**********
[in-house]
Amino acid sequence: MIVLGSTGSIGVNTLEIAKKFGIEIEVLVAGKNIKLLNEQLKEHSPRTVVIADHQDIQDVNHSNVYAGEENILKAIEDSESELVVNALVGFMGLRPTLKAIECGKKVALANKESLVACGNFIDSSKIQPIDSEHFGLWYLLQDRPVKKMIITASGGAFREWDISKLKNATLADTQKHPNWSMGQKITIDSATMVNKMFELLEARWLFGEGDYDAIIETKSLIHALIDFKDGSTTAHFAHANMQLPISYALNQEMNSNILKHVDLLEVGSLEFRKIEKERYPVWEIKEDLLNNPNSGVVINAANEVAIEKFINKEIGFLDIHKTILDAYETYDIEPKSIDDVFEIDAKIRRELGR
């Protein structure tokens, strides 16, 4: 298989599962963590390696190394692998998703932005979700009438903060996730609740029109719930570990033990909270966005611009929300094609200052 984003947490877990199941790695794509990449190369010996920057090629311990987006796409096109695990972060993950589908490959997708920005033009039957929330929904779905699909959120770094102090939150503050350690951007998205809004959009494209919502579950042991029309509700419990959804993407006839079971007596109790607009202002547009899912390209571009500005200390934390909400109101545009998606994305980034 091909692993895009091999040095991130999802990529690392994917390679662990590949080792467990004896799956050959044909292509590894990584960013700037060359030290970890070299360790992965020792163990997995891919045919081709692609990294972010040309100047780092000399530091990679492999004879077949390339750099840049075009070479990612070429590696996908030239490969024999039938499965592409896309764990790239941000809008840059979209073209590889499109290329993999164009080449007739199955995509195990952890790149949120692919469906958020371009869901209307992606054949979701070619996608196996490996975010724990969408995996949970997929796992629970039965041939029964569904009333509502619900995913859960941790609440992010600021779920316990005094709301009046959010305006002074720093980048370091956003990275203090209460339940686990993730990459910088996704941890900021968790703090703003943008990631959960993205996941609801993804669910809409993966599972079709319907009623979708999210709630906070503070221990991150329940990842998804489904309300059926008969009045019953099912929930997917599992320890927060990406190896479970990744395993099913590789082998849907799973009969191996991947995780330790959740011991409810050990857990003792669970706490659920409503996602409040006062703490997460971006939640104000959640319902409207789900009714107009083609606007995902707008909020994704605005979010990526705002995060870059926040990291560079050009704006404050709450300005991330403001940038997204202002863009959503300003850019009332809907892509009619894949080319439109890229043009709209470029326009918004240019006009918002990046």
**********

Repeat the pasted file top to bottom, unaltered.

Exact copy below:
[in-house]
Amino acid sequence: MIVLGSTGSIGVNTLEIAKKFGIEIEVLVAGKNIKLLNEQLKEHSPRTVVIADHQDIQDVNHSNVYAGEENILKAIEDSESELVVNALVGFMGLRPTLKAIECGKKVALANKESLVACGNFIDSSKIQPIDSEHFGLWYLLQDRPVKKMIITASGGAFREWDISKLKNATLADTQKHPNWSMGQKITIDSATMVNKMFELLEARWLFGEGDYDAIIETKSLIHALIDFKDGSTTAHFAHANMQLPISYALNQEMNSNILKHVDLLEVGSLEFRKIEKERYPVWEIKEDLLNNPNSGVVINAANEVAIEKFINKEIGFLDIHKTILDAYETYDIEPKSIDDVFEIDAKIRRELGR
């Protein structure tokens, strides 16, 4: 298989599962963590390696190394692998998703932005979700009438903060996730609740029109719930570990033990909270966005611009929300094609200052 984003947490877990199941790695794509990449190369010996920057090629311990987006796409096109695990972060993950589908490959997708920005033009039957929330929904779905699909959120770094102090939150503050350690951007998205809004959009494209919502579950042991029309509700419990959804993407006839079971007596109790607009202002547009899912390209571009500005200390934390909400109101545009998606994305980034 091909692993895009091999040095991130999802990529690392994917390679662990590949080792467990004896799956050959044909292509590894990584960013700037060359030290970890070299360790992965020792163990997995891919045919081709692609990294972010040309100047780092000399530091990679492999004879077949390339750099840049075009070479990612070429590696996908030239490969024999039938499965592409896309764990790239941000809008840059979209073209590889499109290329993999164009080449007739199955995509195990952890790149949120692919469906958020371009869901209307992606054949979701070619996608196996490996975010724990969408995996949970997929796992629970039965041939029964569904009333509502619900995913859960941790609440992010600021779920316990005094709301009046959010305006002074720093980048370091956003990275203090209460339940686990993730990459910088996704941890900021968790703090703003943008990631959960993205996941609801993804669910809409993966599972079709319907009623979708999210709630906070503070221990991150329940990842998804489904309300059926008969009045019953099912929930997917599992320890927060990406190896479970990744395993099913590789082998849907799973009969191996991947995780330790959740011991409810050990857990003792669970706490659920409503996602409040006062703490997460971006939640104000959640319902409207789900009714107009083609606007995902707008909020994704605005979010990526705002995060870059926040990291560079050009704006404050709450300005991330403001940038997204202002863009959503300003850019009332809907892509009619894949080319439109890229043009709209470029326009918004240019006009918002990046």